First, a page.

The rest of the Taos is typical VW. Steering feel is somewhat numb, but provides accurate and quick response that will satisfy most buyers in this segment. In terms of body control, our tester felt planted in tighter turns and long sweepers thanks to the multi-link independent rear suspension setup, which is only found on AWD-equipped models. With Toronto’s never-ending construction and potholes, the Taos also does a great job of absorbing terrible bumps and minimizing noise, vibration, and harshness, even on 19-inch wheels.

Observed fuel economy during our stint with this Taos was around 9.5 L/100 kilometres combined, which is less efficient than the advertised 8.5 L/100 km combined rating. Most of the drive was stop-and-go traffic with air-conditioning turned on, along with some highway sprints in Sport Mode. With a 50 L fuel tank, expect about 550 to 600 kilometres on a full tank of 87-octane gas, as long as you don’t drive like a buffoon.

Inside, the Taos is a familiar sight for those who have been around other VWs — not groundbreaking, but welcoming. The main touchpoints retain physical controls such as buttons and knobs for your climate controls, buttons on the steering wheel, and a traditional gear lever. This is a breath of fresh air for those who loathe less intuitive haptic feedback controls, rotary dials, and giant screens found in other vehicles, including other Volkswagens.

For buyers expecting modernity, the Taos offers a crisp and customizable 10.25-inch digital gauge cluster and an eight-inch touchscreen for your infotainment. Apple CarPlay and Android Auto come equipped as well, and integration is very good for the most part, save for occasional connectivity glitches if your phone isn’t directly on the wireless charging pad. When in use, the back-up camera takes up the entire eight-inch display, but the picture resolution is a little grainy. Cargo space is average for the subcompact SUV segment; a little snug to fit a stroller with a few grocery bags in the back, but adequate for transporting full-size adults in the rear with ample space.

The main interior drawback, particularly with the Taos Black Edition, is the gloss black piano interior trim that spans across the entire dashboard. It reflects a lot of sunlight at certain angles, and is a dust-and-fingerprint magnet. Utilizing a textured matte finish would have been more ideal. Although the interior is a nice blend of materials, a black cloth headliner would have been the cherry on top, mimicking the R-Line trim on the Tiguan and Atlas.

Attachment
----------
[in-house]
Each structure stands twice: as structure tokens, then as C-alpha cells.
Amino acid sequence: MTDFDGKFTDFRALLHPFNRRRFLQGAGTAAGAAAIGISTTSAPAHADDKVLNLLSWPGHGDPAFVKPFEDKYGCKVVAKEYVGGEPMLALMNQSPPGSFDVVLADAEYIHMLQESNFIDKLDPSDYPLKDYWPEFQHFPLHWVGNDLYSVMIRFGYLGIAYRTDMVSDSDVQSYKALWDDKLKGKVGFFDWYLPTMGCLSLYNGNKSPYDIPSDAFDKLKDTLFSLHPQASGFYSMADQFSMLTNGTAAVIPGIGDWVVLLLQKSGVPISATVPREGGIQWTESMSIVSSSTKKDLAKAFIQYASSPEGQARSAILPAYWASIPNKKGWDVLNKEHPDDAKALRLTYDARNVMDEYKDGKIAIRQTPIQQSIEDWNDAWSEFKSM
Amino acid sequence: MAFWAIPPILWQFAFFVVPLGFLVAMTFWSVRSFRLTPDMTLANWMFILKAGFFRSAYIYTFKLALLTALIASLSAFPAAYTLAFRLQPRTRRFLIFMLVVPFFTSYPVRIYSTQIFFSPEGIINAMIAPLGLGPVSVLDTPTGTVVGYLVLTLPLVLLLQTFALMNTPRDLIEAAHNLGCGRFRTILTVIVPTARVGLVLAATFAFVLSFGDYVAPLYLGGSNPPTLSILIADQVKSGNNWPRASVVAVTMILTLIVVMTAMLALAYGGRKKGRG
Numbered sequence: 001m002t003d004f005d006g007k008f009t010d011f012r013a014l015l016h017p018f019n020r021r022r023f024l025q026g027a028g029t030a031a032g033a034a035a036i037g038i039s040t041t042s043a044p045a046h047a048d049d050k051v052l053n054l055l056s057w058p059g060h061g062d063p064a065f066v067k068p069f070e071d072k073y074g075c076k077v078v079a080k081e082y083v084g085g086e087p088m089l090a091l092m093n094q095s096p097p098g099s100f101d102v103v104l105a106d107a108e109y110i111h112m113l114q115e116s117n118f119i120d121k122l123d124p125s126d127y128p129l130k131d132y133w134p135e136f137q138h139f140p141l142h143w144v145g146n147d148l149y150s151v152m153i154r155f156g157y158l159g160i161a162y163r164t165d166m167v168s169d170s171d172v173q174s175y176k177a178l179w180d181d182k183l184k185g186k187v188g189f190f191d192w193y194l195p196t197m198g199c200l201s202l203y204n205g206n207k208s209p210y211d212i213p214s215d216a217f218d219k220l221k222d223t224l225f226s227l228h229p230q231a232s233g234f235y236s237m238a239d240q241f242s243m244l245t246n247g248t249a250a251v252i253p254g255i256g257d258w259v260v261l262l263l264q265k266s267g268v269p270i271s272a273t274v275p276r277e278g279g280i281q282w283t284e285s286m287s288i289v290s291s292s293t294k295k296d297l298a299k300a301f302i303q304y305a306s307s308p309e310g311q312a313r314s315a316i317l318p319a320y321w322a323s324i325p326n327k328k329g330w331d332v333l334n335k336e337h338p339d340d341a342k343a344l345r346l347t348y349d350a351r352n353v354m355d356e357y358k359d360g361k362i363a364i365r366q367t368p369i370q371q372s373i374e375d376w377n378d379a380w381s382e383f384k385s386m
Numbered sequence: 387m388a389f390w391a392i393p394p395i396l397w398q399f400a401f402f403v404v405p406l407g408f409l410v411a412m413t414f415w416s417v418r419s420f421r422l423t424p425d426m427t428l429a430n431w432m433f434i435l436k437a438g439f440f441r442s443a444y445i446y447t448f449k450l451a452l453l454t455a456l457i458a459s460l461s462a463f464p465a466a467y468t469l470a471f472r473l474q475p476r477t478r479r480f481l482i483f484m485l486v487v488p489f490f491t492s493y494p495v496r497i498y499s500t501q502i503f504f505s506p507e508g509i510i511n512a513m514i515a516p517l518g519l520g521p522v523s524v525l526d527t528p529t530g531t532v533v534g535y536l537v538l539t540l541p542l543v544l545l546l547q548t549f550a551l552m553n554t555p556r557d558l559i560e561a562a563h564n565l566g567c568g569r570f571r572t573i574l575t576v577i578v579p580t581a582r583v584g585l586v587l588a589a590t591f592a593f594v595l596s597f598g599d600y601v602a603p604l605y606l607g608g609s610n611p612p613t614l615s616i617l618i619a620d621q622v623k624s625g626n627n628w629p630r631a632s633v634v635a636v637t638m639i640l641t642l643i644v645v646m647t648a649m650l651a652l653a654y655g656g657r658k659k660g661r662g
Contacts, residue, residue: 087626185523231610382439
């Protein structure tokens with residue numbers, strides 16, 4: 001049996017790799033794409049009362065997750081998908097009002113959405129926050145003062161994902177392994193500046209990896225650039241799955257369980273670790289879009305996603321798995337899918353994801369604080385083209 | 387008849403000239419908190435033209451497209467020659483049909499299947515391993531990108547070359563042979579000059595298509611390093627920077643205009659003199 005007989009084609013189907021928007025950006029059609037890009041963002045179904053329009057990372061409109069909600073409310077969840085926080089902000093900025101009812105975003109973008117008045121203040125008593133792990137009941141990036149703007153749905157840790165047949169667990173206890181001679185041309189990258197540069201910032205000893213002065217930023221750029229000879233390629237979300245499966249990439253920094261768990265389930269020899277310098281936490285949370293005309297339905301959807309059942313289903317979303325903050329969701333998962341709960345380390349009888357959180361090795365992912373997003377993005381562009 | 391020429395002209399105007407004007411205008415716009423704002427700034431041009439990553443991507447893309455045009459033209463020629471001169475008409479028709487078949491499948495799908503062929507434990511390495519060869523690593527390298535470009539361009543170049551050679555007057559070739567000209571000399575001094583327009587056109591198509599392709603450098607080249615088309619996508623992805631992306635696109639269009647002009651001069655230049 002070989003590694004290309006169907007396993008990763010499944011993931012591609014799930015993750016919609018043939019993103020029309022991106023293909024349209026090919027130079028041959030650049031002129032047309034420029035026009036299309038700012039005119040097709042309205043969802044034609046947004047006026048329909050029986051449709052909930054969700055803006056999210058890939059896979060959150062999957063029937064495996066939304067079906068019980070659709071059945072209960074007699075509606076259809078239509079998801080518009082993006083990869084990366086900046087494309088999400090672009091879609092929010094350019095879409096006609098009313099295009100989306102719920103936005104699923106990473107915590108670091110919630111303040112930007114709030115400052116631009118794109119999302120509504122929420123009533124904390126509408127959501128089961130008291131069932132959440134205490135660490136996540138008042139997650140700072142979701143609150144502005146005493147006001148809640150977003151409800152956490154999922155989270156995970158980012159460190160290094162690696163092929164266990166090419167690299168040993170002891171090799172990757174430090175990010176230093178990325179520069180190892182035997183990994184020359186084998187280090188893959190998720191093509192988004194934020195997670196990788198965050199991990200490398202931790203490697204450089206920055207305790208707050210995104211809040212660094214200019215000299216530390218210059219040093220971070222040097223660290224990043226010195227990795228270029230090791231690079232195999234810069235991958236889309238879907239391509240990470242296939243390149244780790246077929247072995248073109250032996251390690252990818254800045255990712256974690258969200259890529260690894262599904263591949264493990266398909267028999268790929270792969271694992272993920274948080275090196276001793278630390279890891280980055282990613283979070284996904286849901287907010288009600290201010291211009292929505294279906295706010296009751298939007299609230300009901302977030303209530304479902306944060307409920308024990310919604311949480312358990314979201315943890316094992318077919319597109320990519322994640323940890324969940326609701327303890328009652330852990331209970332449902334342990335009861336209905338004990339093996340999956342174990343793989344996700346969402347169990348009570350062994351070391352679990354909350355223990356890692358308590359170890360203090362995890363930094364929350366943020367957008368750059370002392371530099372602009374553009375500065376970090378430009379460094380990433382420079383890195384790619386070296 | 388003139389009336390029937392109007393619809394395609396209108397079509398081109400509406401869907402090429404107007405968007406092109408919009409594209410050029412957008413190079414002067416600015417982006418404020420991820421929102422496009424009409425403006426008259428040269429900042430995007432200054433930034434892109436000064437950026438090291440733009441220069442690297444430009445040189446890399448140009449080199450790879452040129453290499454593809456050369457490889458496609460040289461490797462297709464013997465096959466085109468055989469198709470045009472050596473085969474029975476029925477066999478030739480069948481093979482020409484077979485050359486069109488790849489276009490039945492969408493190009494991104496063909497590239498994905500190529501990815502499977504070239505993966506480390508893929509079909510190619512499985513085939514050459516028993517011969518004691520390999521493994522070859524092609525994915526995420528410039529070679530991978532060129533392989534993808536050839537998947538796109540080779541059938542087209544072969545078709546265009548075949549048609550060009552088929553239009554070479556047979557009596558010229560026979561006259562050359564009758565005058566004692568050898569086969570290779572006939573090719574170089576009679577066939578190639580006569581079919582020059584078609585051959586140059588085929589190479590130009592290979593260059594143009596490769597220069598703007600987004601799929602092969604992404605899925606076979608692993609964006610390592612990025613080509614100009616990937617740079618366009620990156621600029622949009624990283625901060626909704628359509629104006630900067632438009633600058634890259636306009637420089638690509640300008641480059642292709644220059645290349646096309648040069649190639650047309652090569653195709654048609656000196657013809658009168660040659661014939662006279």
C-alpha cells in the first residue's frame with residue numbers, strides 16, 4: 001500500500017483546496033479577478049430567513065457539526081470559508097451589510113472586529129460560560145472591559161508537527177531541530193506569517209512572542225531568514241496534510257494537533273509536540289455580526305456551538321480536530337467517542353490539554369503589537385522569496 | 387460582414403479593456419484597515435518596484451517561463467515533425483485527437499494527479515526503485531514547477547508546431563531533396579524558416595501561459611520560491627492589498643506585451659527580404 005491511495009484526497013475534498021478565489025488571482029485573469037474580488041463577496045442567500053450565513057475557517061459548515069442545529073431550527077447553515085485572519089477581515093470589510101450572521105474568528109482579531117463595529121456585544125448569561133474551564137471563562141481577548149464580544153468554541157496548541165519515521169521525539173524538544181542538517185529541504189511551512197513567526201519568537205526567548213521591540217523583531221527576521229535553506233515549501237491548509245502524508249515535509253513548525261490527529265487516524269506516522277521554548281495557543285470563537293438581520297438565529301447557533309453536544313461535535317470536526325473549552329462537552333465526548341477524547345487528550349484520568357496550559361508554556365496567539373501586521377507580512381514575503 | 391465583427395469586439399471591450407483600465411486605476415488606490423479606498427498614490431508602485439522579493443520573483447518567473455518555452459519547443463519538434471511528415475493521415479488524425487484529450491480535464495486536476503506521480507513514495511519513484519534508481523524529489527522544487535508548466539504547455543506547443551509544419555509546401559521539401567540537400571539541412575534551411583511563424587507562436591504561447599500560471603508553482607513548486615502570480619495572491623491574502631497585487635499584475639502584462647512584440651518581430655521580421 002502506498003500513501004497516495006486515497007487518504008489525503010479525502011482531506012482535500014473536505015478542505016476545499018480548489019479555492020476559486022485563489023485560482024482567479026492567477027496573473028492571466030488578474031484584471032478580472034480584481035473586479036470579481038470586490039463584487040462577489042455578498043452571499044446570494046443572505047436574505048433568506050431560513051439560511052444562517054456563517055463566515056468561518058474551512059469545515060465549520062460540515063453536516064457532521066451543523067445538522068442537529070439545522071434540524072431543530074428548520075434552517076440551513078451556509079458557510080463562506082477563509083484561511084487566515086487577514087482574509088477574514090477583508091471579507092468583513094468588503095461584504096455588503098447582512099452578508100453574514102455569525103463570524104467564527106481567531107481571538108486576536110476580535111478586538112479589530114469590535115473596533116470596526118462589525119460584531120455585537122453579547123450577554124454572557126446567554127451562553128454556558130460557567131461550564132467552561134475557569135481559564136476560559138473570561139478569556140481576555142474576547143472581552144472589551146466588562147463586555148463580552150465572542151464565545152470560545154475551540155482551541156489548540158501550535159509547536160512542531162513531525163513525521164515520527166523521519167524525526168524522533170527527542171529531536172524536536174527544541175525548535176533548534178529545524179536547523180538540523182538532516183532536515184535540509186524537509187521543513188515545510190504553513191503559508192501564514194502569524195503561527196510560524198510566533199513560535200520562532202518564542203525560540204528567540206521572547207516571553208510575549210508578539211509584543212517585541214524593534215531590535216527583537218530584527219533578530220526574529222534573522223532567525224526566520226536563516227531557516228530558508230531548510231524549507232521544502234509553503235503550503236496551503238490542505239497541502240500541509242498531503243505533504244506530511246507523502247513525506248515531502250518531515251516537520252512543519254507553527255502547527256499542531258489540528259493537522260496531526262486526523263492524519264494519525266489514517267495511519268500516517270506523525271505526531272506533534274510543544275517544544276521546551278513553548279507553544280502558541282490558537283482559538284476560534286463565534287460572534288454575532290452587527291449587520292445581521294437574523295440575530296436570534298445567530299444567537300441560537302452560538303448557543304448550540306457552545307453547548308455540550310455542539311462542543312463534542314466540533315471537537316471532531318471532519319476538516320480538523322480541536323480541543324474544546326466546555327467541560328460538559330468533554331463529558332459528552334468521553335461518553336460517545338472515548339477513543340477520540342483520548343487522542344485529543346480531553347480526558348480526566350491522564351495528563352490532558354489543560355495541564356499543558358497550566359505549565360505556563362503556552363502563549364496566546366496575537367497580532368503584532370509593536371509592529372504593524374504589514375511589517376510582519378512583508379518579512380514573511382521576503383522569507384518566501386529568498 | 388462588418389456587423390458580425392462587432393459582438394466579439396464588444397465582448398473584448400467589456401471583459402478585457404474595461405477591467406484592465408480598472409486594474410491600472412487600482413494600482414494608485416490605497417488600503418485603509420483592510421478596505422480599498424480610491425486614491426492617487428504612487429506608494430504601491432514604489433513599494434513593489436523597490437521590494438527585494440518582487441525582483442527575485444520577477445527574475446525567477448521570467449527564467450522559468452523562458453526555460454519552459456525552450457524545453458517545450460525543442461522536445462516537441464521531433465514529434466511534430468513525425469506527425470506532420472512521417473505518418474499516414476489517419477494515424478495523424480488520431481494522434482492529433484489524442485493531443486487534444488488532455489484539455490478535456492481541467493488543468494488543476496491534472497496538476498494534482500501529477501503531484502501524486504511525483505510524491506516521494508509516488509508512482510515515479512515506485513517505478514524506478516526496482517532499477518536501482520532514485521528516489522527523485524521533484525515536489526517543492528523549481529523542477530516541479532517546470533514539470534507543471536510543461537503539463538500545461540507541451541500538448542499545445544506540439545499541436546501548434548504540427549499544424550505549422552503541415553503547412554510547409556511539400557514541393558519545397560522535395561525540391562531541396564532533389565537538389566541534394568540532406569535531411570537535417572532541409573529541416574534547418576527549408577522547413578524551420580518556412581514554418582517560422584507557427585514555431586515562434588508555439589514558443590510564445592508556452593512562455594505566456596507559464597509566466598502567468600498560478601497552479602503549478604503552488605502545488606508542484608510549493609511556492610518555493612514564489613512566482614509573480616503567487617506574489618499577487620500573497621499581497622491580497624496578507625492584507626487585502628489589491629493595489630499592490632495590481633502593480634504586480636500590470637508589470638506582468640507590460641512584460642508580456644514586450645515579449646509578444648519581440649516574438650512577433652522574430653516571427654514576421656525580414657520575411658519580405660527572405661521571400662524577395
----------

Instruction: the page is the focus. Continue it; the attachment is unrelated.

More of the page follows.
Gloss black trim and headlining aside, the Taos Black Edition is familiar and welcoming, especially if you’re coming from an older vehicle. If you’re willing to put up with the transmission’s occasional jerkiness, the Taos rewards you with a stable and compliant drive thanks to the AWD system and independent rear suspension setup. Plus, the learning curve to get comfortable is minimal thanks to the legacy controls people are used to, and it has enough modern accoutrements to make a good first impression on anyone else riding with you.

And at $35,395 as-tested, although the 2024 Volkswagen Taos Comfortline Black Edition is more expensive than most of its competitors, it’s a sizable savings over the Highline trim. If you’re in the market for a Taos, this makes it a no-brainer, letting you enjoy a lot of the Highline trim’s high-end features without breaking the bank.


Vehicle Specs
Subcompact crossover
Engine Size
1.5L turbocharged four-cylinder
Horsepower (at RPM)
158 hp @ 5,500 rpm
Torque (lb-ft.)
184 lb-ft @ 1,750 rpm
Fuel Efficiency (L/100km, City/Highway/Combined)
Observed Fuel Efficiency (L/100km)
Cargo Capacity (in L)
790/1,866 (seats up/down)
Base Price (CAD)
As-Tested Price (CAD)
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About Paolo Manalo

Staff Writer

Paolo lives and breathes cars ever since booting up the first few Need For Speed games on his PC. He’s gained a vast knowledge of cars and their idiosyncrasies over the years — so much that his peers call him a “walking encyclopedia." If he isn’t behind the wheel of a car, he’s probably driving a big red Canada Post truck, heading to your house with those car parts you didn’t tell your better half about.